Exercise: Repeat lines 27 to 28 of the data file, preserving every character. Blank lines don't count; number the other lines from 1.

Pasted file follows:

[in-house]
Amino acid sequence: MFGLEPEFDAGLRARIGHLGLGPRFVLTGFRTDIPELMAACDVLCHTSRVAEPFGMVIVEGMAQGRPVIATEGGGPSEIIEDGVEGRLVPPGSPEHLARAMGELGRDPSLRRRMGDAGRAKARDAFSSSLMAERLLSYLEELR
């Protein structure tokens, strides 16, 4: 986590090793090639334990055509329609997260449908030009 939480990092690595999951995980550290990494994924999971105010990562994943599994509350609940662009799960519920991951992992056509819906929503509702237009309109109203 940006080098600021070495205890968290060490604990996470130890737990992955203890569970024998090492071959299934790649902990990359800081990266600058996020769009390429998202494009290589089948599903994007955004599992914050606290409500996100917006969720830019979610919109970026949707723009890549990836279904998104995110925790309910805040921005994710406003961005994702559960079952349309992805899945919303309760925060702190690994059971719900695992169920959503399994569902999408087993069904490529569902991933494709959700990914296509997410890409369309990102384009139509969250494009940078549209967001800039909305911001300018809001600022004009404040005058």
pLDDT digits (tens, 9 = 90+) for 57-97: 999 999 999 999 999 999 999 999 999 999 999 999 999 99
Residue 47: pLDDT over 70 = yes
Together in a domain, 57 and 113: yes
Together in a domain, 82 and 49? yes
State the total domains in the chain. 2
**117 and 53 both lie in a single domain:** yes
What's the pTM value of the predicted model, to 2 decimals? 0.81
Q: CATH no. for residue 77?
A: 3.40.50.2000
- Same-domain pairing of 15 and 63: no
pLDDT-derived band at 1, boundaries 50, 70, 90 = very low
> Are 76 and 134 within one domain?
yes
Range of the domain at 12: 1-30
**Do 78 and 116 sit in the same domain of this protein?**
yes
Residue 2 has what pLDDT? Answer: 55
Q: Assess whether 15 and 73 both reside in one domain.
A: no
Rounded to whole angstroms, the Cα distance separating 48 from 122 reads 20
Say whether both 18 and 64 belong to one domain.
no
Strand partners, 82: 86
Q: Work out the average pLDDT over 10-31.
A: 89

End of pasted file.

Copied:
Q: Work out the average pLDDT over 10-31.
A: 89